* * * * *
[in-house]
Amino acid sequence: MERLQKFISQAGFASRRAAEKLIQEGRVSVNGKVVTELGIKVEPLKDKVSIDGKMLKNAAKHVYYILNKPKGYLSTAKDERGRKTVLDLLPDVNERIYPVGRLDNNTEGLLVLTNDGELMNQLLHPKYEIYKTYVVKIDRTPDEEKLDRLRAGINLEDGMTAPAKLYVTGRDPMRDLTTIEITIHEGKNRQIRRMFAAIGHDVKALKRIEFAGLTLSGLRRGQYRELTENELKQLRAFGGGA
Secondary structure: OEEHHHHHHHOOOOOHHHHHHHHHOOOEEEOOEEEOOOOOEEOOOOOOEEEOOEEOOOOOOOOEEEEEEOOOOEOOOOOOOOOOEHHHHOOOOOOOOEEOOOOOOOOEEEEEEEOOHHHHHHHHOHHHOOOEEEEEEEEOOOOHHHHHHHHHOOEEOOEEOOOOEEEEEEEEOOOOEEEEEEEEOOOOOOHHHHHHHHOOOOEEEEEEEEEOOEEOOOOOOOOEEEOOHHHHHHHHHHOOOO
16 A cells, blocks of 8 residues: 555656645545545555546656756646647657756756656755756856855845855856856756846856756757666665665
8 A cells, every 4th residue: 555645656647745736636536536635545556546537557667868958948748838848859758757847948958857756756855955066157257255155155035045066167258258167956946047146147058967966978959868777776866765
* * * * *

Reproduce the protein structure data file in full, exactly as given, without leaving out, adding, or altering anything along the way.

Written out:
[in-house]
Amino acid sequence: MERLQKFISQAGFASRRAAEKLIQEGRVSVNGKVVTELGIKVEPLKDKVSIDGKMLKNAAKHVYYILNKPKGYLSTAKDERGRKTVLDLLPDVNERIYPVGRLDNNTEGLLVLTNDGELMNQLLHPKYEIYKTYVVKIDRTPDEEKLDRLRAGINLEDGMTAPAKLYVTGRDPMRDLTTIEITIHEGKNRQIRRMFAAIGHDVKALKRIEFAGLTLSGLRRGQYRELTENELKQLRAFGGGA
Secondary structure: OEEHHHHHHHOOOOOHHHHHHHHHOOOEEEOOEEEOOOOOEEOOOOOOEEEOOEEOOOOOOOOEEEEEEOOOOEOOOOOOOOOOEHHHHOOOOOOOOEEOOOOOOOOEEEEEEEOOHHHHHHHHOHHHOOOEEEEEEEEOOOOHHHHHHHHHOOEEOOEEOOOOEEEEEEEEOOOOEEEEEEEEOOOOOOHHHHHHHHOOOOEEEEEEEEEOOEEOOOOOOOOEEEOOHHHHHHHHHHOOOO
16 A cells, blocks of 8 residues: 555656645545545555546656756646647657756756656755756856855845855856856756846856756757666665665
8 A cells, every 4th residue: 555645656647745736636536536635545556546537557667868958948748838848859758757847948958857756756855955066157257255155155035045066167258258167956946047146147058967966978959868777776866765